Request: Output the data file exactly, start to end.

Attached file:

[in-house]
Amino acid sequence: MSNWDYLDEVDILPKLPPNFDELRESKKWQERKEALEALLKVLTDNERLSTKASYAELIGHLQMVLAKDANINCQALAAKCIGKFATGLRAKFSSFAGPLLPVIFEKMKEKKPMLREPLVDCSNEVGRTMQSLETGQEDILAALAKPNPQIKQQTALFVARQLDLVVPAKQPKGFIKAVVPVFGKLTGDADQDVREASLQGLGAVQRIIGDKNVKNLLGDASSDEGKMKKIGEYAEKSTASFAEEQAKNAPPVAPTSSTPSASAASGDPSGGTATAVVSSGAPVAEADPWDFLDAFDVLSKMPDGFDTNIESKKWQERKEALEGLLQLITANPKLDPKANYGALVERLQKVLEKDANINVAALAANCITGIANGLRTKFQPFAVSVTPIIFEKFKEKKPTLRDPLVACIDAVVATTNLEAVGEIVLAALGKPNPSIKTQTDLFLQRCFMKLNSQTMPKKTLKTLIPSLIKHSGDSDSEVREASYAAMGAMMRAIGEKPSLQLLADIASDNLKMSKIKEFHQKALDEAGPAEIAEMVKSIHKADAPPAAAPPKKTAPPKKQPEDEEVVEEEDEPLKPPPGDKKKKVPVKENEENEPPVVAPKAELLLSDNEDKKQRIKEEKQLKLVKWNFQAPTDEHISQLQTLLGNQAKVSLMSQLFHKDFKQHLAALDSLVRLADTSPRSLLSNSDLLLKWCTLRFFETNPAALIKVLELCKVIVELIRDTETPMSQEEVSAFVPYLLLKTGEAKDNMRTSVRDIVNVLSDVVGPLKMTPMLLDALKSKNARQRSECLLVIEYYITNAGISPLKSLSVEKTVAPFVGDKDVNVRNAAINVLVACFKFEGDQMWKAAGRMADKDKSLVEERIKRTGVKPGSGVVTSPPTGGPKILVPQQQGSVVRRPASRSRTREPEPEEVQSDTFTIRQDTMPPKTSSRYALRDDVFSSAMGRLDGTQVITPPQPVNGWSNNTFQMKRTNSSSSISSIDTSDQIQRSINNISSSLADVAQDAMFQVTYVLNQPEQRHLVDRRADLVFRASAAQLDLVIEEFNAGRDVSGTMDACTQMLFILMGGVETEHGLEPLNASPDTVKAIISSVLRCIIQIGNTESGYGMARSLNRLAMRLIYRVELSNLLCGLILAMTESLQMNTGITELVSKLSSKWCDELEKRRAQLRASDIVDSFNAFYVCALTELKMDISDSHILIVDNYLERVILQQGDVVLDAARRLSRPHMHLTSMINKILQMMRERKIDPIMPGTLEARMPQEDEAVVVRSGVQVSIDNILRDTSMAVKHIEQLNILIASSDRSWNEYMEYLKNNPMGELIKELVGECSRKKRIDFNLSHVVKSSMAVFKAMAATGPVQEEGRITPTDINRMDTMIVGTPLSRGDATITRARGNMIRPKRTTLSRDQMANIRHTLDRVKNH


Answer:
[in-house]
Amino acid sequence: MSNWDYLDEVDILPKLPPNFDELRESKKWQERKEALEALLKVLTDNERLSTKASYAELIGHLQMVLAKDANINCQALAAKCIGKFATGLRAKFSSFAGPLLPVIFEKMKEKKPMLREPLVDCSNEVGRTMQSLETGQEDILAALAKPNPQIKQQTALFVARQLDLVVPAKQPKGFIKAVVPVFGKLTGDADQDVREASLQGLGAVQRIIGDKNVKNLLGDASSDEGKMKKIGEYAEKSTASFAEEQAKNAPPVAPTSSTPSASAASGDPSGGTATAVVSSGAPVAEADPWDFLDAFDVLSKMPDGFDTNIESKKWQERKEALEGLLQLITANPKLDPKANYGALVERLQKVLEKDANINVAALAANCITGIANGLRTKFQPFAVSVTPIIFEKFKEKKPTLRDPLVACIDAVVATTNLEAVGEIVLAALGKPNPSIKTQTDLFLQRCFMKLNSQTMPKKTLKTLIPSLIKHSGDSDSEVREASYAAMGAMMRAIGEKPSLQLLADIASDNLKMSKIKEFHQKALDEAGPAEIAEMVKSIHKADAPPAAAPPKKTAPPKKQPEDEEVVEEEDEPLKPPPGDKKKKVPVKENEENEPPVVAPKAELLLSDNEDKKQRIKEEKQLKLVKWNFQAPTDEHISQLQTLLGNQAKVSLMSQLFHKDFKQHLAALDSLVRLADTSPRSLLSNSDLLLKWCTLRFFETNPAALIKVLELCKVIVELIRDTETPMSQEEVSAFVPYLLLKTGEAKDNMRTSVRDIVNVLSDVVGPLKMTPMLLDALKSKNARQRSECLLVIEYYITNAGISPLKSLSVEKTVAPFVGDKDVNVRNAAINVLVACFKFEGDQMWKAAGRMADKDKSLVEERIKRTGVKPGSGVVTSPPTGGPKILVPQQQGSVVRRPASRSRTREPEPEEVQSDTFTIRQDTMPPKTSSRYALRDDVFSSAMGRLDGTQVITPPQPVNGWSNNTFQMKRTNSSSSISSIDTSDQIQRSINNISSSLADVAQDAMFQVTYVLNQPEQRHLVDRRADLVFRASAAQLDLVIEEFNAGRDVSGTMDACTQMLFILMGGVETEHGLEPLNASPDTVKAIISSVLRCIIQIGNTESGYGMARSLNRLAMRLIYRVELSNLLCGLILAMTESLQMNTGITELVSKLSSKWCDELEKRRAQLRASDIVDSFNAFYVCALTELKMDISDSHILIVDNYLERVILQQGDVVLDAARRLSRPHMHLTSMINKILQMMRERKIDPIMPGTLEARMPQEDEAVVVRSGVQVSIDNILRDTSMAVKHIEQLNILIASSDRSWNEYMEYLKNNPMGELIKELVGECSRKKRIDFNLSHVVKSSMAVFKAMAATGPVQEEGRITPTDINRMDTMIVGTPLSRGDATITRARGNMIRPKRTTLSRDQMANIRHTLDRVKNH